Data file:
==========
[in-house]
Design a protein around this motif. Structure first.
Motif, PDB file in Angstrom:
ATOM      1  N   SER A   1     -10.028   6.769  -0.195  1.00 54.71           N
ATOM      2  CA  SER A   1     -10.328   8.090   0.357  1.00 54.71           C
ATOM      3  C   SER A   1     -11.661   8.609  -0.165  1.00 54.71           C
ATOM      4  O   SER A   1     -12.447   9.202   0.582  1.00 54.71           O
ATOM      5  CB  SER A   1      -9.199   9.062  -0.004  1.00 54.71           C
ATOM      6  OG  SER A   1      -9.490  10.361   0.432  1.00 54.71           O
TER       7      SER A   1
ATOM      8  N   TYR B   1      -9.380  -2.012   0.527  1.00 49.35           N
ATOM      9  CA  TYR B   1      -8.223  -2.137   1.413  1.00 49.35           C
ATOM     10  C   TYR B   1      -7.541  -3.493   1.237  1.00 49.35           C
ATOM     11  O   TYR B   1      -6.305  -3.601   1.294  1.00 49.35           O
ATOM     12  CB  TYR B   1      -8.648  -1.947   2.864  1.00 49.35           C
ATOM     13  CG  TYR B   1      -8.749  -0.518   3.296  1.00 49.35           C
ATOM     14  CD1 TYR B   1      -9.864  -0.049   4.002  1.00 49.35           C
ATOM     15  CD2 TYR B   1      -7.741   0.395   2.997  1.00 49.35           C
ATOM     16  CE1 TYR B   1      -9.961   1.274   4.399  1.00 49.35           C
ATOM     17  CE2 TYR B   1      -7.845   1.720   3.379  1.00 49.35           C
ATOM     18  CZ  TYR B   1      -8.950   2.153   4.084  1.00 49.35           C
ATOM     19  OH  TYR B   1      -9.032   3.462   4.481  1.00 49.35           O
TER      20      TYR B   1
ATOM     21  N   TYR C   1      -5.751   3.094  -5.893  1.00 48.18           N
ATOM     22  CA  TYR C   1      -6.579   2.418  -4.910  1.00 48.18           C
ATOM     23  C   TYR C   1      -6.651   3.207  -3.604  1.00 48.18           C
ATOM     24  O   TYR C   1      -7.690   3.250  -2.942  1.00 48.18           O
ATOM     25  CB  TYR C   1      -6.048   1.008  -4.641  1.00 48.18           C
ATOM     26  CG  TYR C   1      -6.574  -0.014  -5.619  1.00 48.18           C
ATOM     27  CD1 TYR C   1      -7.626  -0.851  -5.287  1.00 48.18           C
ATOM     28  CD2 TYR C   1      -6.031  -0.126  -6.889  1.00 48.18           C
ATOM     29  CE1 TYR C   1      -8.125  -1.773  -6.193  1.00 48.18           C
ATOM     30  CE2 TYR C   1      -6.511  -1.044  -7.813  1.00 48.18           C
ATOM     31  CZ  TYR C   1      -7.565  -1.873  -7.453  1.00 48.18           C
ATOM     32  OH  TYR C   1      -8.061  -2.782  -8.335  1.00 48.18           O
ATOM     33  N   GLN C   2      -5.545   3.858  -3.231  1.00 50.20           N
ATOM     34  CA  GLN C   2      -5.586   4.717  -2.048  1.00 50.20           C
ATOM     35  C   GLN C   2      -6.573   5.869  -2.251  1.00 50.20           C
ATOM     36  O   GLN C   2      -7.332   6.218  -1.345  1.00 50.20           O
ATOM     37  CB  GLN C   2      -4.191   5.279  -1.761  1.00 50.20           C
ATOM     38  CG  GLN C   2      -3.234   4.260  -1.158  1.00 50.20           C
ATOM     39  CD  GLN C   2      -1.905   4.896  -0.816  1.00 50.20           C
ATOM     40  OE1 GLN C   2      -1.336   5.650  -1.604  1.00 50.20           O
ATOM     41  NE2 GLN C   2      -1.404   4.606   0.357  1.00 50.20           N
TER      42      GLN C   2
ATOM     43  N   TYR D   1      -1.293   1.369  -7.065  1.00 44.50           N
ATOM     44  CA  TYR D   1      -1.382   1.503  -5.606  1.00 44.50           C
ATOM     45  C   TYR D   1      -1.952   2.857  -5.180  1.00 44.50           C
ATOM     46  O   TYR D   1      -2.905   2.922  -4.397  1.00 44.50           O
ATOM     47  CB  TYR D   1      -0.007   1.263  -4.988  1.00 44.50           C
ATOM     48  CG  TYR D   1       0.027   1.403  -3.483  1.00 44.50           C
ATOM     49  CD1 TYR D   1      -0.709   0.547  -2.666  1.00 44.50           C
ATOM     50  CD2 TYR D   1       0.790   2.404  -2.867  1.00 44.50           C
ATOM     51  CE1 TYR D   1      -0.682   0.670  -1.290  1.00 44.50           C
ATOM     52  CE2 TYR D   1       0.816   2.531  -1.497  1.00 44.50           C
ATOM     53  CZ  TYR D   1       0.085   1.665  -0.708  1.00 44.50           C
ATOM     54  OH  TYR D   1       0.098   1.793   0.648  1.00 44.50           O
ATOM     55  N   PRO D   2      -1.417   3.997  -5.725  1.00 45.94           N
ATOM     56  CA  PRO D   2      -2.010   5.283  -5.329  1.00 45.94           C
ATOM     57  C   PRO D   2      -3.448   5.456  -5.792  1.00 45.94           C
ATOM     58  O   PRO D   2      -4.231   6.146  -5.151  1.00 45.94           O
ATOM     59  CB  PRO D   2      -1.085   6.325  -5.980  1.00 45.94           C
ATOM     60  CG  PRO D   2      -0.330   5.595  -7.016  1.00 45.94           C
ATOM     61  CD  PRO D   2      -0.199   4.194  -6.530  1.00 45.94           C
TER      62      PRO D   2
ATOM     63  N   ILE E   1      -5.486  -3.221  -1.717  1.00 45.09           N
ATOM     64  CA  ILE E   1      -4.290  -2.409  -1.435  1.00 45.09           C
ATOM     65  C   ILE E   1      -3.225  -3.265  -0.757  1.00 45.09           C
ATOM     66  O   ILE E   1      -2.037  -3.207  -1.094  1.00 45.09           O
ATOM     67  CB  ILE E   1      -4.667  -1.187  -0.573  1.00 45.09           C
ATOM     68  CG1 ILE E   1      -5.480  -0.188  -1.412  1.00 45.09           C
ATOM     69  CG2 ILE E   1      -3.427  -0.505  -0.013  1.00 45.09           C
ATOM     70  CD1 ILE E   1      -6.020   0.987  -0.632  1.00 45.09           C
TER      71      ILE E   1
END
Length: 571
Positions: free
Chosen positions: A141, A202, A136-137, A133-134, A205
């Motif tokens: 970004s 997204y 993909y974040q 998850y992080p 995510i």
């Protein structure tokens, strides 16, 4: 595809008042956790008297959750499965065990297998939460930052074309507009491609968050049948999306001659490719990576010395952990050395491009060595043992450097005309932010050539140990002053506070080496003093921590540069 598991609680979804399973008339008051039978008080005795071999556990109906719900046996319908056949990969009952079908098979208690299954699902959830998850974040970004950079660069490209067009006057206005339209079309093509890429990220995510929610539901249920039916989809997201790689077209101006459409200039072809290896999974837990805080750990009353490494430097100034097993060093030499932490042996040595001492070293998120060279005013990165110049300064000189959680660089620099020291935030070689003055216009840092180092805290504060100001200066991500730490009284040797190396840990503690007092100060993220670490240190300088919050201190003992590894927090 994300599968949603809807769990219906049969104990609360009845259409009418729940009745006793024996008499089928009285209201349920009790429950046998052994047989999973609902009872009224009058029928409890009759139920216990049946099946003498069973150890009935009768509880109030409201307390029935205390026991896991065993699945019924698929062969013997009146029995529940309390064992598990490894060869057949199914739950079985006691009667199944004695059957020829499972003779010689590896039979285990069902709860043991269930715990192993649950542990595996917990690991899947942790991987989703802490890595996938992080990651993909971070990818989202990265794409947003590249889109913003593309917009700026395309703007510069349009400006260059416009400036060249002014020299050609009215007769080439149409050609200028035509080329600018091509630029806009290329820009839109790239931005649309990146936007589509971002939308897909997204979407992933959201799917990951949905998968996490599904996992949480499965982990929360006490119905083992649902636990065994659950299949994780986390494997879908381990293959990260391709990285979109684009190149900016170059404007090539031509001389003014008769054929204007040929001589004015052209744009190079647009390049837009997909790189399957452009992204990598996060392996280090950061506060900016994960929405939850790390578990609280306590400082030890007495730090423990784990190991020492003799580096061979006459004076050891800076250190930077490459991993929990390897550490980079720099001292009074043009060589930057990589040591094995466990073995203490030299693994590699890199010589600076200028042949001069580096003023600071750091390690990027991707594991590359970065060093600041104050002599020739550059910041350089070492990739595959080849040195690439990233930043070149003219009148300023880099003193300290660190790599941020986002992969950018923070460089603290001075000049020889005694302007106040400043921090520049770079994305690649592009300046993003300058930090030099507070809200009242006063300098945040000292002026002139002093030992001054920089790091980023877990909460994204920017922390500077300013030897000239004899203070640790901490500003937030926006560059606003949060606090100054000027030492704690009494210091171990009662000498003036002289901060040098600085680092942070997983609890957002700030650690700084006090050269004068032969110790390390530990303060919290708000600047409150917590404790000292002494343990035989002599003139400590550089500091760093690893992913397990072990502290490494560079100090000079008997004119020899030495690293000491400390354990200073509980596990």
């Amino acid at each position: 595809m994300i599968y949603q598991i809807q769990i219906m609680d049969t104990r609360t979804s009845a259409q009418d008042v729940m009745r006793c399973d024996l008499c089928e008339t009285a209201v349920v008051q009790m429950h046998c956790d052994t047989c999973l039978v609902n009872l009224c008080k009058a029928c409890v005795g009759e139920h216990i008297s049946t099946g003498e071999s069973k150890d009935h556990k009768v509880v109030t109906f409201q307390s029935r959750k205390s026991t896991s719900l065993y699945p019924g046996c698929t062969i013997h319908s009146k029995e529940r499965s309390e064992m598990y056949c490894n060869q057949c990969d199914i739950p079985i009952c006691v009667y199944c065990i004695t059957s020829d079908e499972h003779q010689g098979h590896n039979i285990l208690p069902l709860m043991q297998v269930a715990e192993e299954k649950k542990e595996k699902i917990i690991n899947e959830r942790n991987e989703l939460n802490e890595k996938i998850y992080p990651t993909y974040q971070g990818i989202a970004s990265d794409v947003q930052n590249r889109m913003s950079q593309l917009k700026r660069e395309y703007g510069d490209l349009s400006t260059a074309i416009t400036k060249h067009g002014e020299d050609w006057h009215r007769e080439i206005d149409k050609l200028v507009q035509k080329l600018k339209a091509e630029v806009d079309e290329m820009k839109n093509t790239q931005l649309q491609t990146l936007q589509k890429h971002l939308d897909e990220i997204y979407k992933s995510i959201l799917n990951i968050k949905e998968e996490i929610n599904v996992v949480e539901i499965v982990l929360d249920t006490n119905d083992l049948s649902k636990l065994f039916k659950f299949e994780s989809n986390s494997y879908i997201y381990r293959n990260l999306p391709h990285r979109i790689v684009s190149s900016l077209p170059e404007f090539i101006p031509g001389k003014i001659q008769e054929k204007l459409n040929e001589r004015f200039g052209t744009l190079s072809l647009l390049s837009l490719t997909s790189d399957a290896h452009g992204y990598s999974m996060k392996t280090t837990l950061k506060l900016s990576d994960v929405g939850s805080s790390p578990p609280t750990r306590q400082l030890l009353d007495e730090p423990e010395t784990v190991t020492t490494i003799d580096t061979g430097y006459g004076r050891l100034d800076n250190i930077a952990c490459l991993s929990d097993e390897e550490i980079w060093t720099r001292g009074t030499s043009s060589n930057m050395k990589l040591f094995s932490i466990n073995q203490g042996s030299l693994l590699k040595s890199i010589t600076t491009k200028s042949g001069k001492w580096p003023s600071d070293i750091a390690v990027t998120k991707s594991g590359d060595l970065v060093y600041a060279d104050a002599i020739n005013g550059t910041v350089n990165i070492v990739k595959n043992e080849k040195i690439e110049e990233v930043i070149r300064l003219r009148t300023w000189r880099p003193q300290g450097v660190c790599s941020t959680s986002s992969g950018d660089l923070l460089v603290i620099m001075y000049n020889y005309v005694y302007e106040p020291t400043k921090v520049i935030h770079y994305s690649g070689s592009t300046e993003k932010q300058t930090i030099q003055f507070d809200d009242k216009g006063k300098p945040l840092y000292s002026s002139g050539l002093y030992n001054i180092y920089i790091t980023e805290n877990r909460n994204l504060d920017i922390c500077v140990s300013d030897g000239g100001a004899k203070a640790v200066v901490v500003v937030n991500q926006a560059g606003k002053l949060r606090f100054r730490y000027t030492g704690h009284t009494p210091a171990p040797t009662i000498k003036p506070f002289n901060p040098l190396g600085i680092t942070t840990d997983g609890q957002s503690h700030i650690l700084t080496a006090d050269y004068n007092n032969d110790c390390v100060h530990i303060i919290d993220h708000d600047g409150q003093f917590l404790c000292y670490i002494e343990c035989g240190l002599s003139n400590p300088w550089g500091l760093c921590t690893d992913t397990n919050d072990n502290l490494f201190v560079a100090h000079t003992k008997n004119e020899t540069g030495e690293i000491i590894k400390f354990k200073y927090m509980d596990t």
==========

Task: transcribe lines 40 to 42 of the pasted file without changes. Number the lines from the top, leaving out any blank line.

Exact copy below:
ATOM     37  CB  GLN C   2      -4.191   5.279  -1.761  1.00 50.20           C
ATOM     38  CG  GLN C   2      -3.234   4.260  -1.158  1.00 50.20           C
ATOM     39  CD  GLN C   2      -1.905   4.896  -0.816  1.00 50.20           C